My first encounter with the Adirondack Guideboat Company (AGB) was at an art fair during a summer visit to Vermont. Coming from the Midwest, I’d never seen or heard of a guideboat; their cedar 15-footer was the most beautiful boat I’d ever seen. My wife and I bought one of AGB's navy-blue Kelvar guideboats as a “retirement present” and for 12 years I rowed it on lakes and streams and rivers throughout the Indiana countryside.We moved to Vermont, and as time passed and the AGB catalogs kept appearing, I was drawn to the company’s newest boat in their line of rowing craft, the Vermont Dory, a 14′ flat-bottomed double-ender. One day, giving in to longing rather than need, I drove to AGB’s North Ferrisburgh shop to check it out. In their lobby sat a magnificent Vermont Dory, with spruce-green sides, cherry gunwales and decks, woven rush seats, and furniture-quality 7′ cherry oars with wonderful grain-swirls in the blade ends. I bought it on the spot and rowed it that day. When I pole-pushed off from the shore, the Vermont Dory softly drifted into a lengthy glide while I slid the brass oar pins into the oarlocks. Then, with the first reach-and-pull on the oars, the Vermont Dory went out into the river quickly, quietly, effortlessly, and straight. I blissfully made a nearly two-hour maiden voyage.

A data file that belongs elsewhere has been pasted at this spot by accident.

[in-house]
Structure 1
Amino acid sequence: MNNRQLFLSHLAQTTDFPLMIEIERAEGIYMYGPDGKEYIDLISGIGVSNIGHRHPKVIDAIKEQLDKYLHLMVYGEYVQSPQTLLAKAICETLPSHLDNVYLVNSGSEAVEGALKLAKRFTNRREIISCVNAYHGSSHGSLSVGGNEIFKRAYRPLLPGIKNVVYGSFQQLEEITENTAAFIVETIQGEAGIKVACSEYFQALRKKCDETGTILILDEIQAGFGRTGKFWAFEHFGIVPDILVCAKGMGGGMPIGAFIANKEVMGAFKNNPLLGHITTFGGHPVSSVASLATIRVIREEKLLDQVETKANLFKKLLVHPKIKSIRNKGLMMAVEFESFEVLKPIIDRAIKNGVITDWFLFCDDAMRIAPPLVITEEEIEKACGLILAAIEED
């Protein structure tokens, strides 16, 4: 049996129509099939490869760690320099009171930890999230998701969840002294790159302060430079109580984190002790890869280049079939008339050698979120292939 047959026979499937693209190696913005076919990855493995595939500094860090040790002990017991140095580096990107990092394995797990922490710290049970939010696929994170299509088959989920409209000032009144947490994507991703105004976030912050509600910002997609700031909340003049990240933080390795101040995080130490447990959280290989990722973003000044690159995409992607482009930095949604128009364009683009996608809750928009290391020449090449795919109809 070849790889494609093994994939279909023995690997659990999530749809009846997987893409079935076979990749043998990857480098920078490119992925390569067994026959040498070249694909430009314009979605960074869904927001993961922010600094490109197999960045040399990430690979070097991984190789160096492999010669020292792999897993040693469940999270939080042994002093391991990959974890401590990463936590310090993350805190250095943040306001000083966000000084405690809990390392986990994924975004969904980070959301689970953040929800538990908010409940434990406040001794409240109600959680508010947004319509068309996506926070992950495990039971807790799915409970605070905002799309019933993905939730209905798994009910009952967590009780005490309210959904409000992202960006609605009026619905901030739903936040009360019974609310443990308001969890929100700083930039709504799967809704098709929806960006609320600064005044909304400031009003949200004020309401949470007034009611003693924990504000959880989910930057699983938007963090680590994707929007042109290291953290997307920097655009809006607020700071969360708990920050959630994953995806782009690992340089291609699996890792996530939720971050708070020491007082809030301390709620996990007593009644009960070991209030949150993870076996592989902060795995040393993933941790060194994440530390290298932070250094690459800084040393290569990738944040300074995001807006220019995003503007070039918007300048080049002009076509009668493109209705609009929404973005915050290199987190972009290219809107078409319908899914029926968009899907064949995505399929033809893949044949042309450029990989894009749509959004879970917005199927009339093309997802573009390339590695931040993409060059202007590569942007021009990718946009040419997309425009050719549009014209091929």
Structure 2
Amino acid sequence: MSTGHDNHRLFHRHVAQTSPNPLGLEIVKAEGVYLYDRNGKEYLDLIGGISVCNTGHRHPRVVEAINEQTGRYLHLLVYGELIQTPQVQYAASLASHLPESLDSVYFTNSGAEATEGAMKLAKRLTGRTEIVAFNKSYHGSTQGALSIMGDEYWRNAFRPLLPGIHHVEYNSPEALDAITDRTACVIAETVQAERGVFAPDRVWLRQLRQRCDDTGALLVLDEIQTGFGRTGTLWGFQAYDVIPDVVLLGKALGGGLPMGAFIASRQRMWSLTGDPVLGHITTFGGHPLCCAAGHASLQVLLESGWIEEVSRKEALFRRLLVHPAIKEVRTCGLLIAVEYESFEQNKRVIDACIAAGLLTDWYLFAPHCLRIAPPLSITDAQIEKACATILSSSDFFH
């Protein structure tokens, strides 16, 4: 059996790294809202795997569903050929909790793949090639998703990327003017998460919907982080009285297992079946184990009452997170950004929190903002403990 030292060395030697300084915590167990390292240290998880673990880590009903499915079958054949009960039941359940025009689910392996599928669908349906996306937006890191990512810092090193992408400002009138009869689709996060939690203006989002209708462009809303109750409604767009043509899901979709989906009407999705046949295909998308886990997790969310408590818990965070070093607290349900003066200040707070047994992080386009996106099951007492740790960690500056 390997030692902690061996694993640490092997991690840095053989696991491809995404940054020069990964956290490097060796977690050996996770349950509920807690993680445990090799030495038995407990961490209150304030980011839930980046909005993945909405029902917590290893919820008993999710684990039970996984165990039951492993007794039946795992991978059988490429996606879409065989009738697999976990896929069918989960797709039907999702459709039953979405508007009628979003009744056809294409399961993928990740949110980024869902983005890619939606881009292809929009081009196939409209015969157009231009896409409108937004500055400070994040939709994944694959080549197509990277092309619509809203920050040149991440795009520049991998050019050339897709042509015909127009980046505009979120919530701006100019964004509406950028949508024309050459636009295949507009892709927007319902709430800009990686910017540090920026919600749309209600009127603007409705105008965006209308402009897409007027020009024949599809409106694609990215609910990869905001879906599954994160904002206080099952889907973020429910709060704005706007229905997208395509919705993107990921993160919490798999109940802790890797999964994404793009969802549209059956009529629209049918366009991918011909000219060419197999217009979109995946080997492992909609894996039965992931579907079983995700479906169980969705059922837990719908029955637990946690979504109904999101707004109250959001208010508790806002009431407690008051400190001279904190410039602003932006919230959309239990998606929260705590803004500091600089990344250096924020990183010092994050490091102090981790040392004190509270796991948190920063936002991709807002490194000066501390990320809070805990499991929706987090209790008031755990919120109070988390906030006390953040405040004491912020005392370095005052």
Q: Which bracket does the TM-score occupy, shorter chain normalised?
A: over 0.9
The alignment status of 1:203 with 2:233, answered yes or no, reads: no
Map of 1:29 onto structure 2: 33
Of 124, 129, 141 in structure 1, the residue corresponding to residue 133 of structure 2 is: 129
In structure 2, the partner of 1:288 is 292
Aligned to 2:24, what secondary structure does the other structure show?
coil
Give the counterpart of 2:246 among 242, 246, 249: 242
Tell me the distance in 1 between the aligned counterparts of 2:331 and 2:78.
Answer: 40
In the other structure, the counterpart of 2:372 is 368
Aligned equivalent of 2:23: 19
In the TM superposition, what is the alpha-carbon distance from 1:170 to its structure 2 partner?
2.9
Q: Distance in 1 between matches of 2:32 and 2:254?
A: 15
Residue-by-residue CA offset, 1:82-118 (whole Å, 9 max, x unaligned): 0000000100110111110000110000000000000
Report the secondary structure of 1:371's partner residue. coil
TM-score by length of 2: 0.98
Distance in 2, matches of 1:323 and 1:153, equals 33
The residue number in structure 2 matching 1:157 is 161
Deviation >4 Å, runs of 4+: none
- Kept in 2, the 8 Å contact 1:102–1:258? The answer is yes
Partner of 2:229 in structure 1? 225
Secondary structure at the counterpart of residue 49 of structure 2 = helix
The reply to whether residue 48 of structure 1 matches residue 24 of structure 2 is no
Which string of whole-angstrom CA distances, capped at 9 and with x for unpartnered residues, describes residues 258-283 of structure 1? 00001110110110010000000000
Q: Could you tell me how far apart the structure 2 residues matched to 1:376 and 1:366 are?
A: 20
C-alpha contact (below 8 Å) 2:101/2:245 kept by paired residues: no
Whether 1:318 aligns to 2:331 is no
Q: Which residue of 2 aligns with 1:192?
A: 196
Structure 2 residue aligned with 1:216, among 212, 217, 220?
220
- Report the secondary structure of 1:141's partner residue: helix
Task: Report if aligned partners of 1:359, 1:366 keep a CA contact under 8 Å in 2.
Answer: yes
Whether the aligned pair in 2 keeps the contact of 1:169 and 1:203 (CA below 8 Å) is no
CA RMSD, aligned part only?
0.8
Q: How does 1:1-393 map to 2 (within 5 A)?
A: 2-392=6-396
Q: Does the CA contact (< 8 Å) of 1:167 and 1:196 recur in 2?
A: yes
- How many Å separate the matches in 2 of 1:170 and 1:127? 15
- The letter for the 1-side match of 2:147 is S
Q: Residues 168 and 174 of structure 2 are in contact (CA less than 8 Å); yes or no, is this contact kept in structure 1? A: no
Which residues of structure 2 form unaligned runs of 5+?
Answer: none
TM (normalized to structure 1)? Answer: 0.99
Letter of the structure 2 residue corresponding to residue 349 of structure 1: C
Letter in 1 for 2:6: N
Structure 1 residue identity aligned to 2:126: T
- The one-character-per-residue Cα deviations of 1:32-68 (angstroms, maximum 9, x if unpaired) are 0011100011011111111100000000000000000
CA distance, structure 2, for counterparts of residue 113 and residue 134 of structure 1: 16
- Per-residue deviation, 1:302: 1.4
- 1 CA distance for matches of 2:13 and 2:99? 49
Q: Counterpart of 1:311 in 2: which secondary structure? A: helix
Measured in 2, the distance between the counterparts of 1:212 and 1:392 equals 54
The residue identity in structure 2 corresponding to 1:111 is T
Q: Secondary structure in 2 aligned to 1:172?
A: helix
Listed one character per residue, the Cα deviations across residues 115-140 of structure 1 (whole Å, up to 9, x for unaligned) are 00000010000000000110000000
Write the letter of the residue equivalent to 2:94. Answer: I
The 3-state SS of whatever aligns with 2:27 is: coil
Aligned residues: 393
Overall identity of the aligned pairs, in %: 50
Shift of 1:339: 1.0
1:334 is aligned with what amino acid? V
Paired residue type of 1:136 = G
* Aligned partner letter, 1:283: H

Photographs courtesy of Adirondacks Guideboats

The Vermont Dory is a 14′ double-ender based on Adirondack guideboats dating to the 1800s. The bottom of the hull has a flat to keep it upright when beached. The wide, low chines contribute to the boat's reassuring stability.

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